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Testing and assessment

Over recent years, parents, students and teachers across Queensland are gradually becoming more familiar with a process for reporting in all schools. The use of a more consistent 5-point scale has been one of the significant developments in our latest Report Cards in Queensland.

An important point that deserves clarification is that the current 5-point scale for achievement we now use has some subtle differences to the old use of the scale. Now, when we see a “C” on our child’s report card, it means something a little different to what it used to mean on our own report cards, many years ago.

In the past, the 5-point achievement scale used a “Bell Curve” distribution system. That meant that a small group of top students in the class got an “A”, the next group got a “B”, and the majority of the class were given a “C” and so on until the whole class was represented in accomplishment by a distribution from A-E. This meant that it was harder to get an “A” for achievement in a school filled with academic students and easier to get one in a school with less academic students. This system is not fair when you look at many schools together.

The new system schools are using refer to attainment standards called “benchmarks of achievement” or “criteria.” So what makes an “A”, “B”, “C” etc. is predetermined by a scale of achievement on a device called a “Guide to Making Judgment” (GTMJ). Any student, who shows evidence of meeting a particular level, deserves that benchmark grade. These GTMJs are also a very important teaching tool for the teacher and students. It is vital these sheets are discussed and taught in detail to the students during the early stages of the Unit of Study so that all terminology and concepts are understood.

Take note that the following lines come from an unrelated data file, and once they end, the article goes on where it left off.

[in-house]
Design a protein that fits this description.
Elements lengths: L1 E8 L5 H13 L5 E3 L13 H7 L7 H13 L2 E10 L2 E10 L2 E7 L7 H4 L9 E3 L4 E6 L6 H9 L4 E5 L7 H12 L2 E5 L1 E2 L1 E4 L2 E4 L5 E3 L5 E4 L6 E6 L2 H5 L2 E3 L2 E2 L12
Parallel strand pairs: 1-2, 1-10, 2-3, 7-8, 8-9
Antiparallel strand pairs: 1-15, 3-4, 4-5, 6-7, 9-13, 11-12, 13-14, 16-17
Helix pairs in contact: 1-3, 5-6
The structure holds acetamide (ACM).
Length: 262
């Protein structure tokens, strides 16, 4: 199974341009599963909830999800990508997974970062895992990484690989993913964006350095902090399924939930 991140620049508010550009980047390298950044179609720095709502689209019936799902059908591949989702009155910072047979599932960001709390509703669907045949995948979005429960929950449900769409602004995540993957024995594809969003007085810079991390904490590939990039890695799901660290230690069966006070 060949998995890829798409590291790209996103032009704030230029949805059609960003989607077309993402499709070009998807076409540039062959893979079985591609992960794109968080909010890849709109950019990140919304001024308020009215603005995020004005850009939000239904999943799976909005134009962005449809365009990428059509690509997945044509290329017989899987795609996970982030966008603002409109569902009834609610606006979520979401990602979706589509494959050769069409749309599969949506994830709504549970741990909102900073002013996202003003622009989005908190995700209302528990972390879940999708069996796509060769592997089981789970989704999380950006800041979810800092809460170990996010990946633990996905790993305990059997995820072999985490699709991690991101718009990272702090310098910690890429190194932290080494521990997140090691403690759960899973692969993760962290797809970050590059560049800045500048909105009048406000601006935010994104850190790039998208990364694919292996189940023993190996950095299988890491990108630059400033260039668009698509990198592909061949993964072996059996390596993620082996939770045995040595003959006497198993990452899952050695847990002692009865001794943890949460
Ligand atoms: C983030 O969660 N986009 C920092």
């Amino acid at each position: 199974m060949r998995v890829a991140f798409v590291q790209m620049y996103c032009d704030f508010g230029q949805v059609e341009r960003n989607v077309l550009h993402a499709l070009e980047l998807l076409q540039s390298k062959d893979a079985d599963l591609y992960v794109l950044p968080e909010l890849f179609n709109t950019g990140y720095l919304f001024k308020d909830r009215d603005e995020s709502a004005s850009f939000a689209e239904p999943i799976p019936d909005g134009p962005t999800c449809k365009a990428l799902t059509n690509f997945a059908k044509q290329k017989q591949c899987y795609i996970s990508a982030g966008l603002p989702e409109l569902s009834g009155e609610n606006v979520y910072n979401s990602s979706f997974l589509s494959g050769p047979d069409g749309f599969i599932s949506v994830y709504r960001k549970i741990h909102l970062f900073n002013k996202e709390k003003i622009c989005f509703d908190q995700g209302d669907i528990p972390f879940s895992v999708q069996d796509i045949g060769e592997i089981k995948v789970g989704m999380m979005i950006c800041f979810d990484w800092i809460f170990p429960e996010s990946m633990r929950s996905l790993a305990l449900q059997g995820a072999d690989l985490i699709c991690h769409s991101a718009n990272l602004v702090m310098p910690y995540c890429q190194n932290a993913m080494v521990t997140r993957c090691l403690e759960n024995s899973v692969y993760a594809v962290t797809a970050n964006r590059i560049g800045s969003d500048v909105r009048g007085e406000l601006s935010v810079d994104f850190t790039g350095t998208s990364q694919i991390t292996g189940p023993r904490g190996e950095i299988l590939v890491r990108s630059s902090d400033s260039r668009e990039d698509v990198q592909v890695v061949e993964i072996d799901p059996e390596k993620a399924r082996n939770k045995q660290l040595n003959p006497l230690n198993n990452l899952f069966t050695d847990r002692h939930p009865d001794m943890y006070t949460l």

This is what you could consider the new difference for a “C” really means:

  • A “C” no longer means that the student is simply in the middle of the class. It means that the student has met the criteria for a learner to be at the appropriate age level.
  • A “C” means that the student is doing everything required at their year level at school.
  • The best description is to say that a “C” means that the student’s academic development is exactly where it needs to be. That means attaining a “C” for Achievement means you are ON TARGET for your age level!

 

With all of this in mind, we must accept that it may be harder to get an “A” or “B” than it used to be. These grades are no longer awarded simply to the top students in the class. They are only given to students who show that they are independently capable of working beyond the criteria required for their year level.

So what does all the information above mean?

  • Many parents are likely to see more “C” grades on their child’s report cards.
  • An “A” for Effort and a “C” for Achievement indicates that your child is “On Target” for their age. (This grade should be celebrated with students because it means they have worked hard to be where they need to be.)
  • The “Effort” grades are also really important because they are a reflection of how, in the teacher’s opinion, the student is working consistently in class in that learning area (English, Maths, Science etc).

 

If you have any queries, please make time to see your child’s teacher.